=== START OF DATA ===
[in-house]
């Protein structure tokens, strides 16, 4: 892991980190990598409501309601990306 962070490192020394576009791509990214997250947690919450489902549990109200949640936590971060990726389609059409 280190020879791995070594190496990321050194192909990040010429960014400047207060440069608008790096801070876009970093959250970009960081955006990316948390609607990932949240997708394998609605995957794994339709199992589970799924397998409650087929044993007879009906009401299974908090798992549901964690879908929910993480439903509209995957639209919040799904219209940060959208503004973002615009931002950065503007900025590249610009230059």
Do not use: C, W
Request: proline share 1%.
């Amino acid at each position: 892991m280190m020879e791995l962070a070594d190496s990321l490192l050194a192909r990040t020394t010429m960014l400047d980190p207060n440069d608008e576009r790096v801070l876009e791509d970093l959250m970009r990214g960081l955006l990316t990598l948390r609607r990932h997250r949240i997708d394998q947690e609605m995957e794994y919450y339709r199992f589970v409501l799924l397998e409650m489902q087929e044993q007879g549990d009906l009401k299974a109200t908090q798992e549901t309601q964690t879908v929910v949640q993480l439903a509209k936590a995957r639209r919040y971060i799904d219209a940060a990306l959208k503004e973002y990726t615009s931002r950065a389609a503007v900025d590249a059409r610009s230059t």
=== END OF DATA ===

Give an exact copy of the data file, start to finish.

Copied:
[in-house]
């Protein structure tokens, strides 16, 4: 892991980190990598409501309601990306 962070490192020394576009791509990214997250947690919450489902549990109200949640936590971060990726389609059409 280190020879791995070594190496990321050194192909990040010429960014400047207060440069608008790096801070876009970093959250970009960081955006990316948390609607990932949240997708394998609605995957794994339709199992589970799924397998409650087929044993007879009906009401299974908090798992549901964690879908929910993480439903509209995957639209919040799904219209940060959208503004973002615009931002950065503007900025590249610009230059």
Do not use: C, W
Request: proline share 1%.
């Amino acid at each position: 892991m280190m020879e791995l962070a070594d190496s990321l490192l050194a192909r990040t020394t010429m960014l400047d980190p207060n440069d608008e576009r790096v801070l876009e791509d970093l959250m970009r990214g960081l955006l990316t990598l948390r609607r990932h997250r949240i997708d394998q947690e609605m995957e794994y919450y339709r199992f589970v409501l799924l397998e409650m489902q087929e044993q007879g549990d009906l009401k299974a109200t908090q798992e549901t309601q964690t879908v929910v949640q993480l439903a509209k936590a995957r639209r919040y971060i799904d219209a940060a990306l959208k503004e973002y990726t615009s931002r950065a389609a503007v900025d590249a059409r610009s230059t």